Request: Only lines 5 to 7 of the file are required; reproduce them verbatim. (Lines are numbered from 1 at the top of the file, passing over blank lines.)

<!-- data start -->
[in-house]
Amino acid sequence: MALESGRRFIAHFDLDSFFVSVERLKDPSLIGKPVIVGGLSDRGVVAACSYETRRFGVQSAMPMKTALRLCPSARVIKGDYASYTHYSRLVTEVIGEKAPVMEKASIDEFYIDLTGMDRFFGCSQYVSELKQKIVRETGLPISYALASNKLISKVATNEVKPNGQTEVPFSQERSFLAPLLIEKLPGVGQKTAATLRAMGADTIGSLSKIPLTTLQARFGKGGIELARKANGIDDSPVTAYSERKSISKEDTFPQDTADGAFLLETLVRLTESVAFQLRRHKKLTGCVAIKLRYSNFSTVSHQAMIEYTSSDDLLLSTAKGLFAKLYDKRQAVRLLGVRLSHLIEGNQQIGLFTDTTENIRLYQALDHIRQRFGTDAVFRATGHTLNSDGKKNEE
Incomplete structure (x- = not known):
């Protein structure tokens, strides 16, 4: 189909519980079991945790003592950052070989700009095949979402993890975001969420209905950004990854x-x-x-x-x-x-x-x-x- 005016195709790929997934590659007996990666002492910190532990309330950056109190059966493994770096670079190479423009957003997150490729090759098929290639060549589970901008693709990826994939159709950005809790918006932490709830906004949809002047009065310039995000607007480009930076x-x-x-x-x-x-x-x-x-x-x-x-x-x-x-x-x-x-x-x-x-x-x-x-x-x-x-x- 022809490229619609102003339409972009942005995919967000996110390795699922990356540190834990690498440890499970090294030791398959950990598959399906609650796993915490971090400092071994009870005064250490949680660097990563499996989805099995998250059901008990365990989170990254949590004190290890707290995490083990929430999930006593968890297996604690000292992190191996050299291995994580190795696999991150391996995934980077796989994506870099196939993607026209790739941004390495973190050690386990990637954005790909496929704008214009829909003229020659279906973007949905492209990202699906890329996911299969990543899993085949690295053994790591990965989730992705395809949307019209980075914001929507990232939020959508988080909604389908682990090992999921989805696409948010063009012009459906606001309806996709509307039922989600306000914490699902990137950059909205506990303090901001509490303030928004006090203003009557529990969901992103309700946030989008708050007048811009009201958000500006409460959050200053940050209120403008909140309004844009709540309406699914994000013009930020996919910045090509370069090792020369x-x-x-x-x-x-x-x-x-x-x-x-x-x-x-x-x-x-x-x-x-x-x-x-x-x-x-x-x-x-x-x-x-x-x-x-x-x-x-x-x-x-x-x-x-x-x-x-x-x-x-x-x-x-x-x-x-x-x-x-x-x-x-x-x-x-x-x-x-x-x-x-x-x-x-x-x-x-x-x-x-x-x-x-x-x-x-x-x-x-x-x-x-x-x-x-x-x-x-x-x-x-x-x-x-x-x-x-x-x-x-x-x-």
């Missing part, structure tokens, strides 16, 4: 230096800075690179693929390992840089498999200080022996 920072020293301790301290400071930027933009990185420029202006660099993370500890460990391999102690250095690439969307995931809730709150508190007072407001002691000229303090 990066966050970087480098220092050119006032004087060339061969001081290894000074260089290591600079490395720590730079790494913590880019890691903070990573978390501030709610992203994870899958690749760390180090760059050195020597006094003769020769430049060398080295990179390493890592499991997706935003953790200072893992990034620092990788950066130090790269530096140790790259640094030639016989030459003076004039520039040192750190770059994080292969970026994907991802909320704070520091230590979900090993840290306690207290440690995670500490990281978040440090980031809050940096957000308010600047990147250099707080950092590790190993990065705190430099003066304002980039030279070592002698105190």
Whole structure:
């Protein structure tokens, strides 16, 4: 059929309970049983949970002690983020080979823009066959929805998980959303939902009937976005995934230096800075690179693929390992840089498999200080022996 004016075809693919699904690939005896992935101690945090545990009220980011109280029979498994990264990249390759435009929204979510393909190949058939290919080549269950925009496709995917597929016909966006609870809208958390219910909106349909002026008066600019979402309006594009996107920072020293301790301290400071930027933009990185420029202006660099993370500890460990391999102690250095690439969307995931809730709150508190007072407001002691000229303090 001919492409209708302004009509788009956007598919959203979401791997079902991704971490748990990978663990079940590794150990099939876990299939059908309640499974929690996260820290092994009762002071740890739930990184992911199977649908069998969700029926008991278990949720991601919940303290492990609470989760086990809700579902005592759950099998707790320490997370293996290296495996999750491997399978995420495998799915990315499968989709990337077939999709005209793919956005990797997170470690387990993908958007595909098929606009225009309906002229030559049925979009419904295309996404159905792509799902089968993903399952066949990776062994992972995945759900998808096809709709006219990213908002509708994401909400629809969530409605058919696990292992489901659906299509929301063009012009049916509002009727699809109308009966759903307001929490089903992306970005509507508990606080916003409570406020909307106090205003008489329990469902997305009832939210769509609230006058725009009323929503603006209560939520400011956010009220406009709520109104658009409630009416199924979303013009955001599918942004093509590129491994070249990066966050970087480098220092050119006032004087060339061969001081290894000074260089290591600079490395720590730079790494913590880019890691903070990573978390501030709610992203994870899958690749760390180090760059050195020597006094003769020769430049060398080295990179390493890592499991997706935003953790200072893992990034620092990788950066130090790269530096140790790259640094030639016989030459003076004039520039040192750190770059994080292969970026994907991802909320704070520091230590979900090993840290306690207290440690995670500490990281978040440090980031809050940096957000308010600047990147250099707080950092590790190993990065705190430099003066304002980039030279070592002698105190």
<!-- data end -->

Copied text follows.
């Missing part, structure tokens, strides 16, 4: 230096800075690179693929390992840089498999200080022996 920072020293301790301290400071930027933009990185420029202006660099993370500890460990391999102690250095690439969307995931809730709150508190007072407001002691000229303090 990066966050970087480098220092050119006032004087060339061969001081290894000074260089290591600079490395720590730079790494913590880019890691903070990573978390501030709610992203994870899958690749760390180090760059050195020597006094003769020769430049060398080295990179390493890592499991997706935003953790200072893992990034620092990788950066130090790269530096140790790259640094030639016989030459003076004039520039040192750190770059994080292969970026994907991802909320704070520091230590979900090993840290306690207290440690995670500490990281978040440090980031809050940096957000308010600047990147250099707080950092590790190993990065705190430099003066304002980039030279070592002698105190």
Whole structure:
């Protein structure tokens, strides 16, 4: 059929309970049983949970002690983020080979823009066959929805998980959303939902009937976005995934230096800075690179693929390992840089498999200080022996 004016075809693919699904690939005896992935101690945090545990009220980011109280029979498994990264990249390759435009929204979510393909190949058939290919080549269950925009496709995917597929016909966006609870809208958390219910909106349909002026008066600019979402309006594009996107920072020293301790301290400071930027933009990185420029202006660099993370500890460990391999102690250095690439969307995931809730709150508190007072407001002691000229303090 001919492409209708302004009509788009956007598919959203979401791997079902991704971490748990990978663990079940590794150990099939876990299939059908309640499974929690996260820290092994009762002071740890739930990184992911199977649908069998969700029926008991278990949720991601919940303290492990609470989760086990809700579902005592759950099998707790320490997370293996290296495996999750491997399978995420495998799915990315499968989709990337077939999709005209793919956005990797997170470690387990993908958007595909098929606009225009309906002229030559049925979009419904295309996404159905792509799902089968993903399952066949990776062994992972995945759900998808096809709709006219990213908002509708994401909400629809969530409605058919696990292992489901659906299509929301063009012009049916509002009727699809109308009966759903307001929490089903992306970005509507508990606080916003409570406020909307106090205003008489329990469902997305009832939210769509609230006058725009009323929503603006209560939520400011956010009220406009709520109104658009409630009416199924979303013009955001599918942004093509590129491994070249990066966050970087480098220092050119006032004087060339061969001081290894000074260089290591600079490395720590730079790494913590880019890691903070990573978390501030709610992203994870899958690749760390180090760059050195020597006094003769020769430049060398080295990179390493890592499991997706935003953790200072893992990034620092990788950066130090790269530096140790790259640094030639016989030459003076004039520039040192750190770059994080292969970026994907991802909320704070520091230590979900090993840290306690207290440690995670500490990281978040440090980031809050940096957000308010600047990147250099707080950092590790190993990065705190430099003066304002980039030279070592002698105190």